ELAP First Draft and Call for Comments Released

The first draft of the ELAP (Entry-Level Analysis Project) has finally been released. It’s been more than a year since I first blogged about it.

This research project proposal was introduced by ABMP and has come full circle from the first statements put out about it, which put me out quite a bit. The initial proposal stated: There is no step in this proposal to obtain input from the broader massage profession or from other health-care or bodywork organizations during this project. The reason is simple—the work group is simply performing a work task in writing learning outcomes and objectives for job tasks defined by surveys already conducted by FSMTB and NCBTMB. It doesn’t matter what stakeholders, or other groups think should be taught or shouldn’t be taught. The work group would be responding to what therapists report they do, on a day-to-day basis, in their massage-related environments as part of their jobs.

They had to back up and punt on that. The ELAP website now contains the following statements clarifying the purpose and scope of the project:

The Entry-Level Analysis Project (ELAP) is a research project that defines the minimum number of training hours necessary to acquire knowledge and skills essential for safe and competent practice as an entry-level massage therapist. The project was initiated through conversations between the Alliance for Massage Therapy Education, American Massage Therapy Association, Associated Bodywork & Massage Professionals, the Commission on Massage Therapy Accreditation, the Federation of State Massage Therapy Boards, the Massage Therapy Foundation, and the National Certification Board for Therapeutic Massage & Bodywork.

ELAP aims to obtain and use research data and analysis of findings from other massage profession projects to inform the creation of an entry-level curriculum map. The map will define the essential elements of an entry-level curriculum necessary for safe and competent practice in a massage career, as well as the number of hours deemed necessary to teach these learning objectives and outcomes. The project outputs will be used to inform the Federation of State Massage Therapy Boards (FSMTB) Model Practice Act designed to promote interstate portability of credentials in the massage profession. The recommendations of the ELAP project will be available to the massage profession as a resource to enhance consistency of entry-level curricula in massage and bodywork training programs.

The ELAP website now contains five webinars explaining the various facets of the project, and numerous surveys to complete. You do not have to complete all of them; the option is to pick and choose those areas that interest you the most.

I urge everyone to give feedback. It happens too often in our field that there is either no opportunity to give feedback, or the opportunity is presented and ignored….the MTBOK (Massage Therapy Body of Knowledge) was a prime example of that. Only a smattering of people responded to that, and then it came under all kinds of criticism when it was released. If you don’t take the opportunity to express your opinion, then don’t gripe when it comes out and you don’t like it. Visit the website and take advantage of your opportunity to participate.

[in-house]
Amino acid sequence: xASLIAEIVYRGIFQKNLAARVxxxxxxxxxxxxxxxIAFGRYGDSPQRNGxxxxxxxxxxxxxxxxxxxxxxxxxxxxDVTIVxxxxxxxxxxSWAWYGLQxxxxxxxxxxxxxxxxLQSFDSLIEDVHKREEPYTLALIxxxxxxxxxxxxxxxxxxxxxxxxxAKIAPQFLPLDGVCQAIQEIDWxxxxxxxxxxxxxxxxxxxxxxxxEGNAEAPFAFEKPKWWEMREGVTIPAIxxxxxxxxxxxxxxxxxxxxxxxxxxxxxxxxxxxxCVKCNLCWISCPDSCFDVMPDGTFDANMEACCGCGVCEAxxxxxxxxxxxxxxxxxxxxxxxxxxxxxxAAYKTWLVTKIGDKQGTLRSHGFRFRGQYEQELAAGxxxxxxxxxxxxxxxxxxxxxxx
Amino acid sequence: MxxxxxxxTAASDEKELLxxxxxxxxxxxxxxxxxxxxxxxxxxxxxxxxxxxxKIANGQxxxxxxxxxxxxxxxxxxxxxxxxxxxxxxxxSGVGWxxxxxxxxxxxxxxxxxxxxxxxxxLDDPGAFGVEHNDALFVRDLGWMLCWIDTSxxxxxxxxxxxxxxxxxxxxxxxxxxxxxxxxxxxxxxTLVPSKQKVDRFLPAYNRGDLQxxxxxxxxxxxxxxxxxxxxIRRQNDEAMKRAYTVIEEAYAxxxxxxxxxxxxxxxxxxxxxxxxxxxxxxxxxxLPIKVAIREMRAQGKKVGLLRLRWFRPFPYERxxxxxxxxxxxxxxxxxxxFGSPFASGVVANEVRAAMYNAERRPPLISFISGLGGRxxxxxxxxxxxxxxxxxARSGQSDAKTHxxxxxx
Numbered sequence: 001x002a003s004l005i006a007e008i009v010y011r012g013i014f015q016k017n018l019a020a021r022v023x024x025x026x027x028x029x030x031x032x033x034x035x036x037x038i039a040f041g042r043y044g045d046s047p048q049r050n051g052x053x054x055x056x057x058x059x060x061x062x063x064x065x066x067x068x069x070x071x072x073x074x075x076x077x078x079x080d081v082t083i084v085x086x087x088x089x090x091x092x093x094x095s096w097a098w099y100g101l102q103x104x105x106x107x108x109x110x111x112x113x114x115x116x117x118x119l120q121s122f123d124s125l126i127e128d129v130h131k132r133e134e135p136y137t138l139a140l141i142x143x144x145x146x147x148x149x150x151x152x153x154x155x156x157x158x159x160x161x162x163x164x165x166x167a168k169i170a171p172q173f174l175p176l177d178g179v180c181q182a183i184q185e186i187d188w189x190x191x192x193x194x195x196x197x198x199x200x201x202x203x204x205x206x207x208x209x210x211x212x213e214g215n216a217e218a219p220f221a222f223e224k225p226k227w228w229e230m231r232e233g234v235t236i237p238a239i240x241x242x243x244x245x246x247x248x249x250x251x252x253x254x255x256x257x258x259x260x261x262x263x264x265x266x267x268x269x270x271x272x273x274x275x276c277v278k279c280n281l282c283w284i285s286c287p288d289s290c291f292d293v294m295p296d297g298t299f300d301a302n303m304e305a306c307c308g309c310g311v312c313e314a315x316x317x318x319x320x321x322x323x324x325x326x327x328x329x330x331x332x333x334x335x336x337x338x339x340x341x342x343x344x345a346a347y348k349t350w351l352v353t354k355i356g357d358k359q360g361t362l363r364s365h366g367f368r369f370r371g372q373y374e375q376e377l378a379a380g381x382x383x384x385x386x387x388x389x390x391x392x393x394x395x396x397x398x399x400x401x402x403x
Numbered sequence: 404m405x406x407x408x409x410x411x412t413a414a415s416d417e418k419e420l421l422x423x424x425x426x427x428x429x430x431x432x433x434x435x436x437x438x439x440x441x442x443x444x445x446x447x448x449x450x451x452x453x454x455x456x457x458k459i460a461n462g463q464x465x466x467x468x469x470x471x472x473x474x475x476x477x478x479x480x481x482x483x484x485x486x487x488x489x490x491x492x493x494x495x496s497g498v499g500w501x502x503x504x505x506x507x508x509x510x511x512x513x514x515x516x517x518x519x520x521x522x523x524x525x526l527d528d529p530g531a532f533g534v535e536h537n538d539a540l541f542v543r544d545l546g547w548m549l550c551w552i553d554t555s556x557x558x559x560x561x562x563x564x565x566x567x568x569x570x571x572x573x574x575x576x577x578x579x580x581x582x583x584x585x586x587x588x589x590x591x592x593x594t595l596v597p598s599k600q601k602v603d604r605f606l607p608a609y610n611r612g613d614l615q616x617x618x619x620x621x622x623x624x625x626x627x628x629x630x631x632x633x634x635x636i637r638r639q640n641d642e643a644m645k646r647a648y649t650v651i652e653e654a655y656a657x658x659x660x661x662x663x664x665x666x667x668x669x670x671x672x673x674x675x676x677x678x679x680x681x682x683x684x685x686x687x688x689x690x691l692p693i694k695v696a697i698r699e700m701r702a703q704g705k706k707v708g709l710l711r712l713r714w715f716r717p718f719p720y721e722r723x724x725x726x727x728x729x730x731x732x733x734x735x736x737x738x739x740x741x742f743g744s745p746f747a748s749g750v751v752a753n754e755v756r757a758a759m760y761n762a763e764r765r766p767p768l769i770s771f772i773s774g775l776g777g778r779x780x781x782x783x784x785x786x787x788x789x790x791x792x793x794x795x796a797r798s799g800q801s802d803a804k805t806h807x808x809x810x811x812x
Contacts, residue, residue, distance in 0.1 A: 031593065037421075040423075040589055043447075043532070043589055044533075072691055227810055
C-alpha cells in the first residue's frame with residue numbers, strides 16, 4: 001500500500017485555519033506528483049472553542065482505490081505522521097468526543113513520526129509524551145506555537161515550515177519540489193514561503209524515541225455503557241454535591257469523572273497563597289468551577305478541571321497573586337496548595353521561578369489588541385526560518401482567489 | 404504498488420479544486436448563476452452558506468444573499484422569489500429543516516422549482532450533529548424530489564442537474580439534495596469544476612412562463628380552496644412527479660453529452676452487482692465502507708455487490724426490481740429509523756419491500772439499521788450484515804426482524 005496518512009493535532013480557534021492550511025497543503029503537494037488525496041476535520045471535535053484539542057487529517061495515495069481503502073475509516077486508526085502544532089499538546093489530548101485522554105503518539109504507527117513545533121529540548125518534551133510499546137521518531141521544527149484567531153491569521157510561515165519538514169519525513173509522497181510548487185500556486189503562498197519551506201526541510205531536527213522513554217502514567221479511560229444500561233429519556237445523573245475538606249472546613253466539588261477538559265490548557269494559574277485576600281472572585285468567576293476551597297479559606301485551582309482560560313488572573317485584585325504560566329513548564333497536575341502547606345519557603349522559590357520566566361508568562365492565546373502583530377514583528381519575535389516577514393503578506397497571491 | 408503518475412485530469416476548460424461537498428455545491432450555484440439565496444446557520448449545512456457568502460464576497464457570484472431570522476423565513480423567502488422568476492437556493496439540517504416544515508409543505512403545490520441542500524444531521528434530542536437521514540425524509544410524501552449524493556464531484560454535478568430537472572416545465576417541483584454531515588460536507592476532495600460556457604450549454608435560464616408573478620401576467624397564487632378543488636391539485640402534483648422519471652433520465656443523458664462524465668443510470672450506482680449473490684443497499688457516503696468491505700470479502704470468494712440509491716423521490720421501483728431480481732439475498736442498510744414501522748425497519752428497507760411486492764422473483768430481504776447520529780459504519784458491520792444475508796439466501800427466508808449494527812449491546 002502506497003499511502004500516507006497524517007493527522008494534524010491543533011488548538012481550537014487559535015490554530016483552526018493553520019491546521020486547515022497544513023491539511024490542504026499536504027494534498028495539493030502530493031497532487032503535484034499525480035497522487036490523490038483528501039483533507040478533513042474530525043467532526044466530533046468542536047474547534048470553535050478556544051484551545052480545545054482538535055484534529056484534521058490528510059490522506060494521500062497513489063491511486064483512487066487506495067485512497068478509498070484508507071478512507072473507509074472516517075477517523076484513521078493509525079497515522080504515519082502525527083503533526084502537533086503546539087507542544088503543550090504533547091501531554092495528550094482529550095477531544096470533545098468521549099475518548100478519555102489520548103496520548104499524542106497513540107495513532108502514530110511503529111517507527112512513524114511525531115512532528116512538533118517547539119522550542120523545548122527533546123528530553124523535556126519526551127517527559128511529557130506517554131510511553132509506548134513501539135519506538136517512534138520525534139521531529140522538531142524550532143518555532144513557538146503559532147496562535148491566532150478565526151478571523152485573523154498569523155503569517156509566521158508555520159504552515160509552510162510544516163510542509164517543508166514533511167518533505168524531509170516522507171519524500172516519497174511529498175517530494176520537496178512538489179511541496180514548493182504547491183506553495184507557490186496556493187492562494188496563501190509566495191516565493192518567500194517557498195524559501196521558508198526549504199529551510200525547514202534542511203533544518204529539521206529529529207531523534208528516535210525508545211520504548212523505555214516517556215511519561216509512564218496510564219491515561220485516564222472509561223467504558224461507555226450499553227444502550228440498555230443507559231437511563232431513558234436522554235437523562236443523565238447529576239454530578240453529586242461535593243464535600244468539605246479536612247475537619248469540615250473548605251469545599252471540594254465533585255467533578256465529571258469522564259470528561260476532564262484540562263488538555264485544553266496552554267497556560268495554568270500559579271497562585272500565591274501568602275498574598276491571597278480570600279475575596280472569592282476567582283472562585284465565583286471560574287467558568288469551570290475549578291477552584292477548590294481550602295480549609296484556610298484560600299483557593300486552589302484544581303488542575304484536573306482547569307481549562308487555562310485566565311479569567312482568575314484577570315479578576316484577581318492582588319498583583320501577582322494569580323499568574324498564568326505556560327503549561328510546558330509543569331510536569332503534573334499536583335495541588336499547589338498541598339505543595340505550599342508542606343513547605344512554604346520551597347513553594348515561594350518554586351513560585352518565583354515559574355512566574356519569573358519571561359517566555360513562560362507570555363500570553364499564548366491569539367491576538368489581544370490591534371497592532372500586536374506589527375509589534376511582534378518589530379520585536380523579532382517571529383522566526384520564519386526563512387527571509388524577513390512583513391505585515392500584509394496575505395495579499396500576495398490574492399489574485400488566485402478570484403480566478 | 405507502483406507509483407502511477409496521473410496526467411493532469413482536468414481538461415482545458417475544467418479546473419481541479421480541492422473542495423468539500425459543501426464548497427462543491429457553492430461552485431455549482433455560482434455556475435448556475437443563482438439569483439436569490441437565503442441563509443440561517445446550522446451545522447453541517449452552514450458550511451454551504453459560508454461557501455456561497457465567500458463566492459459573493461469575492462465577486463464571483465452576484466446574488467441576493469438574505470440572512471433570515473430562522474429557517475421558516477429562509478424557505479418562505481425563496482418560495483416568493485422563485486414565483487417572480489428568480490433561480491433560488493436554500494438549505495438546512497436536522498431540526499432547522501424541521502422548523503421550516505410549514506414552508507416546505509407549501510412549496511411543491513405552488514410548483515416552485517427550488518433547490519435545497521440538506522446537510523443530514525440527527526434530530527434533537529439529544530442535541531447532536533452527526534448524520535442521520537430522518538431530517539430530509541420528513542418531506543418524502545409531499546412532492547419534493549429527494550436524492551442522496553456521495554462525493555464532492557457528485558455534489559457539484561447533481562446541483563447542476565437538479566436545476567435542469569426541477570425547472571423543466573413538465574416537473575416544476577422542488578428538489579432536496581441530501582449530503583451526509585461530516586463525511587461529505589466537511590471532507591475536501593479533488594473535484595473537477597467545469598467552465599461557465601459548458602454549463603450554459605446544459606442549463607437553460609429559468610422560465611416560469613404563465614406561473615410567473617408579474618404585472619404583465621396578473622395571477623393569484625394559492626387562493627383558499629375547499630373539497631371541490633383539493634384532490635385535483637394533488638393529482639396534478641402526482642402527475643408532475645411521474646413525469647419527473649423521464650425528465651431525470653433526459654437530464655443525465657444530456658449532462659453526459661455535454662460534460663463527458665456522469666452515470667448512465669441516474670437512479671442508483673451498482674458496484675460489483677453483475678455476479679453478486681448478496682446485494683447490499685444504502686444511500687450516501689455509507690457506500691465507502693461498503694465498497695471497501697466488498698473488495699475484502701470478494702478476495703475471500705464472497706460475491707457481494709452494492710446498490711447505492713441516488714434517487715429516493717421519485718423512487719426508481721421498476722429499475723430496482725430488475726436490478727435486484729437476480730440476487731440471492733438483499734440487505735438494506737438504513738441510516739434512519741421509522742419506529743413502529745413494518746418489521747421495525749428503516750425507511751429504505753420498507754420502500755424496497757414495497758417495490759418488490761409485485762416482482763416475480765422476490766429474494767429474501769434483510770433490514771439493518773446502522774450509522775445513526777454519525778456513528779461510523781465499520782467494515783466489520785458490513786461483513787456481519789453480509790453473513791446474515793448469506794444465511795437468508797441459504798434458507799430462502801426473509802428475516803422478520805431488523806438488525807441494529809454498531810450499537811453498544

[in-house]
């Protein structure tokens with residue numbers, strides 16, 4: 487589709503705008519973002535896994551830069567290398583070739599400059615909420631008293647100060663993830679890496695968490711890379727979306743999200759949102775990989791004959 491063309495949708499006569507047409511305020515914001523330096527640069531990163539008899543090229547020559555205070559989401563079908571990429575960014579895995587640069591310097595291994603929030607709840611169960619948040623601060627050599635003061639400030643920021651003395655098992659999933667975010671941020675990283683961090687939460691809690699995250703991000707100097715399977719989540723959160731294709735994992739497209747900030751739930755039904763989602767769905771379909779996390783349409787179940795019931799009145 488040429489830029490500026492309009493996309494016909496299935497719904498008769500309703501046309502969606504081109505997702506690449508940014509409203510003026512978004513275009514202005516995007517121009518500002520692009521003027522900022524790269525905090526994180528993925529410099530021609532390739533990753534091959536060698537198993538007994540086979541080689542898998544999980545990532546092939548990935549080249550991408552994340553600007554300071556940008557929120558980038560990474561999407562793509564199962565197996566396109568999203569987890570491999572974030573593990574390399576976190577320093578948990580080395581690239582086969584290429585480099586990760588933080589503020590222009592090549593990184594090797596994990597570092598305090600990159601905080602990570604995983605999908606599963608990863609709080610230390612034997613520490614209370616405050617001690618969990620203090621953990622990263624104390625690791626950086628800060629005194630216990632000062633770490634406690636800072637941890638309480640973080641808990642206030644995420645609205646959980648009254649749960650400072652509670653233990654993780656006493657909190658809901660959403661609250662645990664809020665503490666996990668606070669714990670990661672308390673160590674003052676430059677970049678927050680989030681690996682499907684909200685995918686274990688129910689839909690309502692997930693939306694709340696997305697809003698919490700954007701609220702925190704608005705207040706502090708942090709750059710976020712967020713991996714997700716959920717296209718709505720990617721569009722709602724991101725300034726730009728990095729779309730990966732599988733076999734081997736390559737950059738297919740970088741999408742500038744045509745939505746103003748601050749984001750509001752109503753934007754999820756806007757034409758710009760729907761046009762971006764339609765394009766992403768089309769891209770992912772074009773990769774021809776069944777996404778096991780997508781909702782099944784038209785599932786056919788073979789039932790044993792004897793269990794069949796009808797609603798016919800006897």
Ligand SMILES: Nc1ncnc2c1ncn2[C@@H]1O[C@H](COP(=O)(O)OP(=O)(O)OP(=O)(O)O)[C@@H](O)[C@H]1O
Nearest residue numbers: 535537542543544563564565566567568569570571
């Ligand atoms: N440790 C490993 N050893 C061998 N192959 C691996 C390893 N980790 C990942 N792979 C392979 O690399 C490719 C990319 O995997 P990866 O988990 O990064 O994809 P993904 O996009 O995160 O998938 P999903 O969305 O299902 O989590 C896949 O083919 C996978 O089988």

5 Replies to “ELAP First Draft and Call for Comments Released”

  1. I agree! We as a profession need to help set core standards for our students to become proficient in important areas before they enter the profession

  2. The ELAP group altered the approach to be more inclusive have many in the profession such as Laura put pressure for trasparency. I am not agaist the concept of ELAP and infact am supportive. However I have been unhappy with how it has been conducted and now that the draft is out for comment I can see where some of my concerns have surfaced. For example in the initial survey when asked what type of massage do you do the ONLY option for general massage was Swedish Massage-Now if you look at the draft the the foundation is based on Swedish Massage. This is a fundimental error in data collection. I am not against Swedish massage. I believe however that as a descriptor of massage today it is confusing and inconsistant with the need to strive toward an intigrated language that is based on what is done. I believe it is tame to call massage Massage Therapy since the ELAP term for massage provider is massage therapist. The MTBOK definition and descriptors are much more in line with this concept. Entry Level practice should be based on safe practice and therefore I suggest we look at outcomes as the measure. For example : An entry level massage therapist is able to perform a fullbody general massage adapted to individual clients focusing of the outcomes of wellness, relaxation and stress managment with the ability to address minor complaints of pain and limited mobility in the generally healthy client.

  3. Setting standards for entry level, career training is essential to any profession that wishes to sustain or enhance their professional stature in the business community. Although, I agree the methods cited above seem somewhat ambiguous, it is Bloggers and industry advocates like you Laura that can change the mind set by bringing issues like this to light.

    Thanks for sharing!

    Bookmarked – Shared – And more importantly, forwarded to all faculty and staff for their chance to also provide feedback!

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